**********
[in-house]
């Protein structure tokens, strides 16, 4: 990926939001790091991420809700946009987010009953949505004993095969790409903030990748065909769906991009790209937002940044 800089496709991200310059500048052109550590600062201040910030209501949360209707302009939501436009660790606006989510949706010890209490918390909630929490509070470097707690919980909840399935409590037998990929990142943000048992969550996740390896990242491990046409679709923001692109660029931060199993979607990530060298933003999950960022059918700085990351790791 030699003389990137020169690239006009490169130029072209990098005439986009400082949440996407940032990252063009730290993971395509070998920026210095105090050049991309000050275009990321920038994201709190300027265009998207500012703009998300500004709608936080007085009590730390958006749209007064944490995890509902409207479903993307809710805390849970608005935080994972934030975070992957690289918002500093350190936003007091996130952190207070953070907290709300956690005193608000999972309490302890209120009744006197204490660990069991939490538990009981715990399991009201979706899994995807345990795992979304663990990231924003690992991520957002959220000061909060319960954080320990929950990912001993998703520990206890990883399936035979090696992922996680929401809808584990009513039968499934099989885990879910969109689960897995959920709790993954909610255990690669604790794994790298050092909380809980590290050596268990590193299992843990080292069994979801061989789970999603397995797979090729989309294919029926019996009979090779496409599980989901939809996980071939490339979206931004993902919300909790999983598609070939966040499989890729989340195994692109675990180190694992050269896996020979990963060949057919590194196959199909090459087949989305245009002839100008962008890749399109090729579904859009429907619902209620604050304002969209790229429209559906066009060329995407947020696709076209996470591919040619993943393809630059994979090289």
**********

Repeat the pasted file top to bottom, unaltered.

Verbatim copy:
[in-house]
């Protein structure tokens, strides 16, 4: 990926939001790091991420809700946009987010009953949505004993095969790409903030990748065909769906991009790209937002940044 800089496709991200310059500048052109550590600062201040910030209501949360209707302009939501436009660790606006989510949706010890209490918390909630929490509070470097707690919980909840399935409590037998990929990142943000048992969550996740390896990242491990046409679709923001692109660029931060199993979607990530060298933003999950960022059918700085990351790791 030699003389990137020169690239006009490169130029072209990098005439986009400082949440996407940032990252063009730290993971395509070998920026210095105090050049991309000050275009990321920038994201709190300027265009998207500012703009998300500004709608936080007085009590730390958006749209007064944490995890509902409207479903993307809710805390849970608005935080994972934030975070992957690289918002500093350190936003007091996130952190207070953070907290709300956690005193608000999972309490302890209120009744006197204490660990069991939490538990009981715990399991009201979706899994995807345990795992979304663990990231924003690992991520957002959220000061909060319960954080320990929950990912001993998703520990206890990883399936035979090696992922996680929401809808584990009513039968499934099989885990879910969109689960897995959920709790993954909610255990690669604790794994790298050092909380809980590290050596268990590193299992843990080292069994979801061989789970999603397995797979090729989309294919029926019996009979090779496409599980989901939809996980071939490339979206931004993902919300909790999983598609070939966040499989890729989340195994692109675990180190694992050269896996020979990963060949057919590194196959199909090459087949989305245009002839100008962008890749399109090729579904859009429907619902209620604050304002969209790229429209559906066009060329995407947020696709076209996470591919040619993943393809630059994979090289």